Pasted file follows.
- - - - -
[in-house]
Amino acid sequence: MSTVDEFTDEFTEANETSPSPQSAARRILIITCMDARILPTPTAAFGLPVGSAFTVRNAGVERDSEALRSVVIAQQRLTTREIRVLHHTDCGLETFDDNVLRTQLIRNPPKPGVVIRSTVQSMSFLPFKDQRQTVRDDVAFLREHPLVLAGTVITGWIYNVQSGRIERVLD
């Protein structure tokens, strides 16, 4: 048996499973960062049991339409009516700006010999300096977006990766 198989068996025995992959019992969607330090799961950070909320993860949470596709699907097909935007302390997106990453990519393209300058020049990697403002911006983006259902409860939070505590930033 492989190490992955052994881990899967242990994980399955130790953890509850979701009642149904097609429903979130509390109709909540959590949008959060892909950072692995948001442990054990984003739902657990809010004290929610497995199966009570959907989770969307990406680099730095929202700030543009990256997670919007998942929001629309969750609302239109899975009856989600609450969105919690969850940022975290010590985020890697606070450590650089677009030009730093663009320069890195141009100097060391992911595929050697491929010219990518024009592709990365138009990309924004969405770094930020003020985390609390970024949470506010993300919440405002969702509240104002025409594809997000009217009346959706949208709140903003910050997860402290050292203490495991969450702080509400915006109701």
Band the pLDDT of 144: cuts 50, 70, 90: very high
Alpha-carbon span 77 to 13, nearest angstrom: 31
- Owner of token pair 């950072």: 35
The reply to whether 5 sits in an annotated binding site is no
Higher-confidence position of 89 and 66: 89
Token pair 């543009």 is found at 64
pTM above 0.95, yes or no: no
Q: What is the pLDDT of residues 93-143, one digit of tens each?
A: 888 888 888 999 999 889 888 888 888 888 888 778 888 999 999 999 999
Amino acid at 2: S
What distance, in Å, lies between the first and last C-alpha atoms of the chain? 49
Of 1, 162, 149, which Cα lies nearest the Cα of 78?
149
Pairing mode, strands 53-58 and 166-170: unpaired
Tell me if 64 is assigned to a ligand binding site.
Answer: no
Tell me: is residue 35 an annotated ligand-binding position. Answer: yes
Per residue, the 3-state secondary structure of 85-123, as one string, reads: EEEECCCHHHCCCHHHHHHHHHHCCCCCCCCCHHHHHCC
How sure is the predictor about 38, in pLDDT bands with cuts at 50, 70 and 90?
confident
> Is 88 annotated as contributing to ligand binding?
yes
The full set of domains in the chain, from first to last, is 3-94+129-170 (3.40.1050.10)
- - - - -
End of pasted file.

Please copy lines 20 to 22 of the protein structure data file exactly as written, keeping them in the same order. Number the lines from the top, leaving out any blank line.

Tell me: is residue 35 an annotated ligand-binding position. Answer: yes
Per residue, the 3-state secondary structure of 85-123, as one string, reads: EEEECCCHHHCCCHHHHHHHHHHCCCCCCCCCHHHHHCC
How sure is the predictor about 38, in pLDDT bands with cuts at 50, 70 and 90?